Avoiding Cracks in Stack Bond Windsor ON

I have heard that masonry laid in stack bond is more likely to crack than masonry laid in running bond. Why? Assuming walls were built using the same mortar and brick in Windsor, why wouldn't the vertical joints in stack bond be as strong as the horizontal joints in both stack bond and running bond?

Architectural Design Associates Inc
(519) 254-3430
100-1880 Assumption Street
Windsor, ON
 
McLean & Associates Architects
(519) 977-5512
1570 Wyandotte Street East
Windsor, ON
 
Amsted Construction Limited
PO Box 129
Stittsville, ON
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Finney M B Limited
(705) 324-4418
Suite 213 189 Kent St W
Lindsay, ON
 
Salter Pilon Architecture Inc
(705) 737-3530
151 Ferris Lane
Barrie, ON
 
Glos Associates Inc
(519) 966-6750
3535 North Service Road East
Windsor, ON
 
Menno S. Martin
PO Box 508 / 1185 King Street N.
St. Jacobs, ON
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Designer / Architect, Remodeler
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Better Business Bureau, Canada Green Building Council, Ontario Home Builders' Association, Renovators Mark of Excellence

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Lyle Architects
(705) 474-1784
261 Regal Road
North Bay, ON
 
Grinham L Alan Architect Inc
(519) 766-1580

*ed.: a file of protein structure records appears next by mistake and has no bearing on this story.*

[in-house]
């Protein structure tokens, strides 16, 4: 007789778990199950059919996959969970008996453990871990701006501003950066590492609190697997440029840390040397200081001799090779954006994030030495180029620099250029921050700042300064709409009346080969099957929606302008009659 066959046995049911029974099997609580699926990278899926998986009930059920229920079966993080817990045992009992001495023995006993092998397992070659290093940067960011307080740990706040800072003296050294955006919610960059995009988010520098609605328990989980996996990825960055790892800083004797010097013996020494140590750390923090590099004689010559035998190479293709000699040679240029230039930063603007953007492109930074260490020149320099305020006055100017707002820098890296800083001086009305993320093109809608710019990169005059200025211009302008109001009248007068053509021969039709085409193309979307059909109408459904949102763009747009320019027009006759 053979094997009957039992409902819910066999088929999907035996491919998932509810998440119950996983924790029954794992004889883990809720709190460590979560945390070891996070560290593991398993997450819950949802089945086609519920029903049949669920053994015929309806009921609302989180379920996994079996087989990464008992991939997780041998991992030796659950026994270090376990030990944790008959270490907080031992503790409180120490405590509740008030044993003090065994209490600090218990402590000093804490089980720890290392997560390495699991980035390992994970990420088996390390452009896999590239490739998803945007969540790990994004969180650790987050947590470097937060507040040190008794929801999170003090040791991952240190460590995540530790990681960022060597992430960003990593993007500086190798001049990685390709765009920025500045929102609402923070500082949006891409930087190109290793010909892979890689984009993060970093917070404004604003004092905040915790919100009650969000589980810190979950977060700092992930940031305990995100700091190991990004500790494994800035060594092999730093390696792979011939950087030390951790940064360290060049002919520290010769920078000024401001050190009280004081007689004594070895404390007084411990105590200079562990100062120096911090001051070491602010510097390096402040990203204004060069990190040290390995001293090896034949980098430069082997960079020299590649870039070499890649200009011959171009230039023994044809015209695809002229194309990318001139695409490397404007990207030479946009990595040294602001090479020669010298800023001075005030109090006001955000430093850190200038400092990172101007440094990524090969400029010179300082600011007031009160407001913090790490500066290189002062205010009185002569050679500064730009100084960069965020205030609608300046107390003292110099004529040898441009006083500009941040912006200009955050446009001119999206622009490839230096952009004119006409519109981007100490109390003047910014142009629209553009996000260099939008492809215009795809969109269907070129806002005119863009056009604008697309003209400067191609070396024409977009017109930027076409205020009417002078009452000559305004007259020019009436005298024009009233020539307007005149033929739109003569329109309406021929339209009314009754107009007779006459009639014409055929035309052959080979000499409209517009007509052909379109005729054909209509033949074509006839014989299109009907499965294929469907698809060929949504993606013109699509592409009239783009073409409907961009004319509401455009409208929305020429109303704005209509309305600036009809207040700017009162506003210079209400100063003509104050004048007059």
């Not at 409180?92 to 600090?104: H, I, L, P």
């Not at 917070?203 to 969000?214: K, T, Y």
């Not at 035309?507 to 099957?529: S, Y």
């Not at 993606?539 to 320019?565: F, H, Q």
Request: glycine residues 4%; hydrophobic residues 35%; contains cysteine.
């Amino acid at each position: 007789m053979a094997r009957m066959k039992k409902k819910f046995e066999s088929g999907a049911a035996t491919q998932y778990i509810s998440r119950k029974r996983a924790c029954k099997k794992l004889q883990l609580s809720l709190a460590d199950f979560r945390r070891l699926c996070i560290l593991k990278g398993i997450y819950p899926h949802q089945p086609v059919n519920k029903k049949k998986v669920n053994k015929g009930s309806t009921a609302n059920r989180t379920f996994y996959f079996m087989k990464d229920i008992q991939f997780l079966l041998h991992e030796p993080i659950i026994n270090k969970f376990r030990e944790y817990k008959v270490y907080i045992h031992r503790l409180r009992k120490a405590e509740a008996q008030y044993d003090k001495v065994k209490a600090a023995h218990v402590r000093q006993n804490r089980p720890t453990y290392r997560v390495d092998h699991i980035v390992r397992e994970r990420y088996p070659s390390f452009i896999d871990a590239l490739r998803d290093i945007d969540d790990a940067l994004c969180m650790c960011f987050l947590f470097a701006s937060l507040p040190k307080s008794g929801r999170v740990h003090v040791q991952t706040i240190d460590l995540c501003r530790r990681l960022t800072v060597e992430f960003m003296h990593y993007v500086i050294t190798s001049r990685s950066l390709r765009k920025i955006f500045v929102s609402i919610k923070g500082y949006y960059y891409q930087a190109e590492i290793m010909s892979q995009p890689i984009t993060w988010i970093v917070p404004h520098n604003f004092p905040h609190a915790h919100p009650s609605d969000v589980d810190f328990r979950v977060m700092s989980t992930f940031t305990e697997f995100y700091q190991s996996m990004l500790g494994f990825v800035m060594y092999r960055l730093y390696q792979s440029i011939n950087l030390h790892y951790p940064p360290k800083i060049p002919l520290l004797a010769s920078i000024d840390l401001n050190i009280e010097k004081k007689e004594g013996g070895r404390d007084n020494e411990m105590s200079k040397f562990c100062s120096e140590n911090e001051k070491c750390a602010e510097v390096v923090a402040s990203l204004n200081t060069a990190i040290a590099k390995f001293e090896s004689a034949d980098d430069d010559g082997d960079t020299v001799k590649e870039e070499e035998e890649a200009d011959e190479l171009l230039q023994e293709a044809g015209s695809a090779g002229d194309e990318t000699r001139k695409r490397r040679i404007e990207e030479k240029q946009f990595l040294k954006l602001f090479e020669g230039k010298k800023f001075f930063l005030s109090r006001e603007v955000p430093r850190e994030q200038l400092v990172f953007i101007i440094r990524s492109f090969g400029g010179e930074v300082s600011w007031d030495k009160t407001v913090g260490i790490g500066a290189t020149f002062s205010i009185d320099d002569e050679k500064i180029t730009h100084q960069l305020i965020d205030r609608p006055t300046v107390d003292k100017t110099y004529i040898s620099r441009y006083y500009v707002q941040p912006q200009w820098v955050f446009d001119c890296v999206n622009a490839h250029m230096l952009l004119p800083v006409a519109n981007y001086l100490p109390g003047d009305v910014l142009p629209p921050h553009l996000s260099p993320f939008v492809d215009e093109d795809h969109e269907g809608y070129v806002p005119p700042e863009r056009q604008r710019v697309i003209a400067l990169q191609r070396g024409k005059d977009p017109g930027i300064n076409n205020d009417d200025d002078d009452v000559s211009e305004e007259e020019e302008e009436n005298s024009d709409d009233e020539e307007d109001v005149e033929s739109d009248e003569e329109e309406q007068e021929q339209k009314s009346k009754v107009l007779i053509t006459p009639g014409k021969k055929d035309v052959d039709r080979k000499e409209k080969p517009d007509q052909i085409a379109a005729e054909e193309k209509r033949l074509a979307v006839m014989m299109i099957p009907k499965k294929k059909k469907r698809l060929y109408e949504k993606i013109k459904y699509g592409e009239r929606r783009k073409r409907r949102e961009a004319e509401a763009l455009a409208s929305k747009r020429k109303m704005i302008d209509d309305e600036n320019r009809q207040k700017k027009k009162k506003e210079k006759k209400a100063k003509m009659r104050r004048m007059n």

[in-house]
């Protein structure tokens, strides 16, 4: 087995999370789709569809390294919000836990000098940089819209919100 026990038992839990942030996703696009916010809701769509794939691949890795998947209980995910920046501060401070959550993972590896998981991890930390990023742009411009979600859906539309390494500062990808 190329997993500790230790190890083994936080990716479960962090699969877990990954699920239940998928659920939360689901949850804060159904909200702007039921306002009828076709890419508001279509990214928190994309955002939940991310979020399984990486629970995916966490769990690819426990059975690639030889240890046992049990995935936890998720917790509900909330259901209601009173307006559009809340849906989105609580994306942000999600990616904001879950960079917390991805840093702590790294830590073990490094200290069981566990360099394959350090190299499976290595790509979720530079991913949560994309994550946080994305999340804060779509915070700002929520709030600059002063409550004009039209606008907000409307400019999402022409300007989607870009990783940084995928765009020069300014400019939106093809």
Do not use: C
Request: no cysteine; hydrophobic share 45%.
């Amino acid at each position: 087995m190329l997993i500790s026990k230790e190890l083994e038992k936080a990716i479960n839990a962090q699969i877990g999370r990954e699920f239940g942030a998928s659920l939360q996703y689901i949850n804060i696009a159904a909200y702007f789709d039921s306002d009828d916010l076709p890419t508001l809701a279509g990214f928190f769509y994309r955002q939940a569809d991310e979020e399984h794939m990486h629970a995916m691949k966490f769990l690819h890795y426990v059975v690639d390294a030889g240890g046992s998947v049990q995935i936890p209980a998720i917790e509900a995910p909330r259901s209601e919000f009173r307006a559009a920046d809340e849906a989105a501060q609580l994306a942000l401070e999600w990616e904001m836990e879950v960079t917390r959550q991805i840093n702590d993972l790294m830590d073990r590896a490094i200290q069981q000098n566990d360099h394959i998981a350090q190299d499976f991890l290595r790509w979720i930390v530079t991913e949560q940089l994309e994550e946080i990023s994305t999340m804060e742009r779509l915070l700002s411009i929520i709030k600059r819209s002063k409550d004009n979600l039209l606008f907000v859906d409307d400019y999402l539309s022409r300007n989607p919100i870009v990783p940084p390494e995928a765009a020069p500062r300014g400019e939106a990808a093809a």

20 Douglas Street
Guelph, ON
 
Architectural Design Associates Inc
(519) 254-3430
100-1880 Assumption Street
Windsor, ON
 
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Avoiding Cracks in Stack Bond

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Source: MASONRY CONSTRUCTION MAGAZINE
Publication date: August 1, 1994

I have heard that masonry laid in stack bond is more likely to crack than masonry laid in running bond. Why? Assuming walls were built using the same mortar and brick, why wouldn't the vertical joints in stack bond be as strong as the horizontal joints in both stack bond and running bond?

Unreinforced stack bond walls are more likely to crack vertically than walls built with running bond. That is why ACI 530 requires any masonry laid in other than running bond to have horizontal joint reinforcement spaced no further than 4 feet apart in order to control cracking.In a running bond wall, any vertical crack must either pass through a brick at every other course or follow the mortar through head and bed joints. Usually the weakest path is through the units. Therefore the wall's strength is determined mainly by the strength of the units, not the mortar bond strength at head joints. In stack bond walls that are not reinforced, resistance to vertical cracking depends solely on mortar-to-brick bond, which is weaker in vertical joints than in horizontal joints. Better bond is developed in horizontal joints because the weight of the masonry keeps the joints under pressure throughout construction. If cracks do develop, they generally are very small because of this compression.

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